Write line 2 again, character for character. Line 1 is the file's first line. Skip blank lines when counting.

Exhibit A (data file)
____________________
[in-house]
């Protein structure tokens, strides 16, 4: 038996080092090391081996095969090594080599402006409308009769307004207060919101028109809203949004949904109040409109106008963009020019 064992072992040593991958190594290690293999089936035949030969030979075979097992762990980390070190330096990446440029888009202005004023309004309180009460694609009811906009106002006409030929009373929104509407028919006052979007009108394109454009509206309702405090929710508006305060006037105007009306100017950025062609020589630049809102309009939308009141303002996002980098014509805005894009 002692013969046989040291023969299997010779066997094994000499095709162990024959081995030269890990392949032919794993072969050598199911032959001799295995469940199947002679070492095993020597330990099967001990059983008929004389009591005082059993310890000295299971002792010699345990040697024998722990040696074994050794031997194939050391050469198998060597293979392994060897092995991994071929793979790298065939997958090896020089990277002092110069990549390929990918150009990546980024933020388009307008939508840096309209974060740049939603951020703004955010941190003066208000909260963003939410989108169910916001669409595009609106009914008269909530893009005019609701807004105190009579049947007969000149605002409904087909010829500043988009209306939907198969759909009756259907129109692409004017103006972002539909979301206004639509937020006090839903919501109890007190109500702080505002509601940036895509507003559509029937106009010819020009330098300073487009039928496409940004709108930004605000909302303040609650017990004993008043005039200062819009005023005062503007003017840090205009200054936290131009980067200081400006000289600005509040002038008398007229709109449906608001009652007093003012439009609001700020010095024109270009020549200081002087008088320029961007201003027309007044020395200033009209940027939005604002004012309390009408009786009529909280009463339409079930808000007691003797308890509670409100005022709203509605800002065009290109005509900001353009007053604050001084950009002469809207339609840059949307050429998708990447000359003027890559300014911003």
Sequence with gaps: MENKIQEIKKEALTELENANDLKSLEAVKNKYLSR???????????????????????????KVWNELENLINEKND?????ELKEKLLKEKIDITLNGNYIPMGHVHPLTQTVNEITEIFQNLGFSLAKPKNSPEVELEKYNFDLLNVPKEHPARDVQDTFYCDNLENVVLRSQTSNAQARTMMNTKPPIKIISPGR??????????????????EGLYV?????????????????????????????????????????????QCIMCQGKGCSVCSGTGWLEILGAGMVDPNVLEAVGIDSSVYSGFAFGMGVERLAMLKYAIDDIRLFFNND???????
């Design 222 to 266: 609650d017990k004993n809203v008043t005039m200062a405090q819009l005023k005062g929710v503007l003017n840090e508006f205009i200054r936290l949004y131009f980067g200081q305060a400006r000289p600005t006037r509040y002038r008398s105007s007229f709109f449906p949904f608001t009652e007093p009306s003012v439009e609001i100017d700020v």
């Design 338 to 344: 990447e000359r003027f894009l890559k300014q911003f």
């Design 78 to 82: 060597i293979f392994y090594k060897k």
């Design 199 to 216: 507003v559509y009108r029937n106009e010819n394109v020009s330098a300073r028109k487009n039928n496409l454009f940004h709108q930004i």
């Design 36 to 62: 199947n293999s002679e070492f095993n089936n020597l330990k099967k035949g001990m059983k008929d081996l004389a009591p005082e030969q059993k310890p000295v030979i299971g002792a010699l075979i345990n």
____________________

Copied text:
């Protein structure tokens, strides 16, 4: 038996080092090391081996095969090594080599402006409308009769307004207060919101028109809203949004949904109040409109106008963009020019 064992072992040593991958190594290690293999089936035949030969030979075979097992762990980390070190330096990446440029888009202005004023309004309180009460694609009811906009106002006409030929009373929104509407028919006052979007009108394109454009509206309702405090929710508006305060006037105007009306100017950025062609020589630049809102309009939308009141303002996002980098014509805005894009 002692013969046989040291023969299997010779066997094994000499095709162990024959081995030269890990392949032919794993072969050598199911032959001799295995469940199947002679070492095993020597330990099967001990059983008929004389009591005082059993310890000295299971002792010699345990040697024998722990040696074994050794031997194939050391050469198998060597293979392994060897092995991994071929793979790298065939997958090896020089990277002092110069990549390929990918150009990546980024933020388009307008939508840096309209974060740049939603951020703004955010941190003066208000909260963003939410989108169910916001669409595009609106009914008269909530893009005019609701807004105190009579049947007969000149605002409904087909010829500043988009209306939907198969759909009756259907129109692409004017103006972002539909979301206004639509937020006090839903919501109890007190109500702080505002509601940036895509507003559509029937106009010819020009330098300073487009039928496409940004709108930004605000909302303040609650017990004993008043005039200062819009005023005062503007003017840090205009200054936290131009980067200081400006000289600005509040002038008398007229709109449906608001009652007093003012439009609001700020010095024109270009020549200081002087008088320029961007201003027309007044020395200033009209940027939005604002004012309390009408009786009529909280009463339409079930808000007691003797308890509670409100005022709203509605800002065009290109005509900001353009007053604050001084950009002469809207339609840059949307050429998708990447000359003027890559300014911003």